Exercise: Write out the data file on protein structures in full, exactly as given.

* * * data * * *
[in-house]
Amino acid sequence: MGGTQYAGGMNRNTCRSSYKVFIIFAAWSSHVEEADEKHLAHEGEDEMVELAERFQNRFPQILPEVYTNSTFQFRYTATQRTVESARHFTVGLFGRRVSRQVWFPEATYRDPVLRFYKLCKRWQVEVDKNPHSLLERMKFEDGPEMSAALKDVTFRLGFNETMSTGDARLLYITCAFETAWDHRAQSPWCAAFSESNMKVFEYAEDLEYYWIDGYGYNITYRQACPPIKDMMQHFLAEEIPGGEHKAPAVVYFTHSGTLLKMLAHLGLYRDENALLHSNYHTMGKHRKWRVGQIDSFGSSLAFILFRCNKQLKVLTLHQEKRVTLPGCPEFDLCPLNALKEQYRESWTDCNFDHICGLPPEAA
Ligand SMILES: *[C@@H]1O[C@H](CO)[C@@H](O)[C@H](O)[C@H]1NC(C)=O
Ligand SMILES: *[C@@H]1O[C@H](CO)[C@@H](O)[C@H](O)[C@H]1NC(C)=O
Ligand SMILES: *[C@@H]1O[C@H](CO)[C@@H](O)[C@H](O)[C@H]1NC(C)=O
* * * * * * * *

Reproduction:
[in-house]
Amino acid sequence: MGGTQYAGGMNRNTCRSSYKVFIIFAAWSSHVEEADEKHLAHEGEDEMVELAERFQNRFPQILPEVYTNSTFQFRYTATQRTVESARHFTVGLFGRRVSRQVWFPEATYRDPVLRFYKLCKRWQVEVDKNPHSLLERMKFEDGPEMSAALKDVTFRLGFNETMSTGDARLLYITCAFETAWDHRAQSPWCAAFSESNMKVFEYAEDLEYYWIDGYGYNITYRQACPPIKDMMQHFLAEEIPGGEHKAPAVVYFTHSGTLLKMLAHLGLYRDENALLHSNYHTMGKHRKWRVGQIDSFGSSLAFILFRCNKQLKVLTLHQEKRVTLPGCPEFDLCPLNALKEQYRESWTDCNFDHICGLPPEAA
Ligand SMILES: *[C@@H]1O[C@H](CO)[C@@H](O)[C@H](O)[C@H]1NC(C)=O
Ligand SMILES: *[C@@H]1O[C@H](CO)[C@@H](O)[C@H](O)[C@H]1NC(C)=O
Ligand SMILES: *[C@@H]1O[C@H](CO)[C@@H](O)[C@H](O)[C@H]1NC(C)=O